Rural South Carolina residents Rose and Earl Smith are delighted with their new Viasat Internet unlimited plan. The only problem? Breaking the years-long habit of conserving data.
“We are just thrilled to have the unlimited, but I still have a hard time trying not to worry about using data,” Rose said. “Before, the grandkids would hit our door and they knew they had to turn their Wi-Fi off. If we had a lot of downloads, we’d have to go to the local library. Sometimes we’d sit in our kids’ driveways while they were at work and steal their Wi-Fi.
“We don’t have to nurse it along anymore and that has just been sort of a weight lifted off of us.”
“We were able to do it for the same price were paying for the 50 GB plan. It’s just freedom; we are now much, much freer to do what we want to do.” —Rose Smith
The Smiths are both retired and live about 20 miles from the nearest town. They built their home near Spartanburg 40 years ago – when what would someday be the internet was a limited-access network called ARPANET. The Smiths had a horse, a 10-year-old son and several pets. Rose and Earl both grew up in the country and wanted the same experience for their children.
Today, with their children grown and their golden years under way, they rely on the internet for entertainment, shopping and social connection. But until recently, they steered clear of streaming sites like YouTube and wrote checks to avoid using data for online banking.
Then the longtime Exede/Viasat customers switched from their old Exede Liberty plan to one of Viasat’s new unlimited plans.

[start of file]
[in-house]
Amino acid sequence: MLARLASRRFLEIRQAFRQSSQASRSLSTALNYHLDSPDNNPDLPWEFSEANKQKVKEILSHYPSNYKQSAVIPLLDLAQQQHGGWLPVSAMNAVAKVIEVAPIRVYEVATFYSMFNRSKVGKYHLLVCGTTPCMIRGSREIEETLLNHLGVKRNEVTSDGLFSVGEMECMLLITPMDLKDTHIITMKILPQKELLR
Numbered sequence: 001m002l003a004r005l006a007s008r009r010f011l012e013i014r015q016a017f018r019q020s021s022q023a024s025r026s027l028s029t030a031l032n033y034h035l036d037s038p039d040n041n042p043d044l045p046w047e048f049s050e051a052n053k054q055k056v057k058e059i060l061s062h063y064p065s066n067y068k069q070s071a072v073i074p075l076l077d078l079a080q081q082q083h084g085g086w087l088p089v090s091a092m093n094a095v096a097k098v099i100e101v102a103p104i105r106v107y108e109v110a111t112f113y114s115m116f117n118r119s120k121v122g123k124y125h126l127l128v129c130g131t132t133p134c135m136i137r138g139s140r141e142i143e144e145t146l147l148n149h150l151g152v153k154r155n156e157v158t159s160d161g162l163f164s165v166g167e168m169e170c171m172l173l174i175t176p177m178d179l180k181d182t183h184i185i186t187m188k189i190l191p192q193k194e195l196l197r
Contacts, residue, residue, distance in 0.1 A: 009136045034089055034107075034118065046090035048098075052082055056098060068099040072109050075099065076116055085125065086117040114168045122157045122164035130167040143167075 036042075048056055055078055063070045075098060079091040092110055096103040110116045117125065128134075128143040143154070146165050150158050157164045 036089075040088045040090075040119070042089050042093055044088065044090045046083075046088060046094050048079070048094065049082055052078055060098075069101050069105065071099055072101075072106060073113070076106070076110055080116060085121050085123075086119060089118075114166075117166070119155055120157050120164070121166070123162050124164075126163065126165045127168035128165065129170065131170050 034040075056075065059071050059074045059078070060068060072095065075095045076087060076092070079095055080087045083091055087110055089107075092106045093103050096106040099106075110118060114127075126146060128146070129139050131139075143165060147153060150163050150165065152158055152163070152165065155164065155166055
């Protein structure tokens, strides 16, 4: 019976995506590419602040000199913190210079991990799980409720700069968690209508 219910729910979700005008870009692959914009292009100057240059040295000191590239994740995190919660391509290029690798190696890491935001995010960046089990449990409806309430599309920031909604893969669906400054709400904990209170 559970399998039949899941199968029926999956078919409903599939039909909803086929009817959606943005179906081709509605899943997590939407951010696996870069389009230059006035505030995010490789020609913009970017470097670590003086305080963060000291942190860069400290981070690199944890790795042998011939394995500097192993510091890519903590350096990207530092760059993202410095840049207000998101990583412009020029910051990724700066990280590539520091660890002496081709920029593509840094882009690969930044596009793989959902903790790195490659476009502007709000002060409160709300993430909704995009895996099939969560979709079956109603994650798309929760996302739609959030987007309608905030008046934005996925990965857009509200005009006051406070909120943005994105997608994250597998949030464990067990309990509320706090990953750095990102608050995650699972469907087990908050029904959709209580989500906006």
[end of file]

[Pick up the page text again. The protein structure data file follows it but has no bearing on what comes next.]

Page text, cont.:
“We were able to do it for the same price were paying for the 50 GB plan,” Rose said. “It’s just freedom; we are now much, much freer to do what we want to do.”
Viasat introduced the plans in select areas last fall, and is adding new areas around the country with the help of its recently launched ViaSat-2 satellite.
The Smith’s Silver plan streams video at 480p, a step below high definition, which helps ensure they have continual unlimited data.
“We’ve been able to watch our favorite show on Netflix; the video quality was just fine,” Rose said.
The couple also enjoys competing against one another in video games.
“Yesterday, we downloaded a 50 GB game,” Rose said. “Not long ago, that would have used a whole month’s worth of data.”
On the more serious side, the Smiths also have a Blue Cross insurance app that lets them video-chat with a doctor. Though they’ve never needed to use the feature, Rose likes the security of knowing she now can.
“That’s a use for our unlimited data that’s potentially life-saving,” she said. “I’m sure that could be useful to a lot of rural customers who can’t get to a doctor quickly.”
A self-proclaimed technophile, Rose has a part-time job testing tech products for a company. She can do a more thorough analysis with unlimited data.
“I love coming up with new ways to spend my data,” she said. “We used to dream about unlimited. It’s amazing how far satellite internet has come.”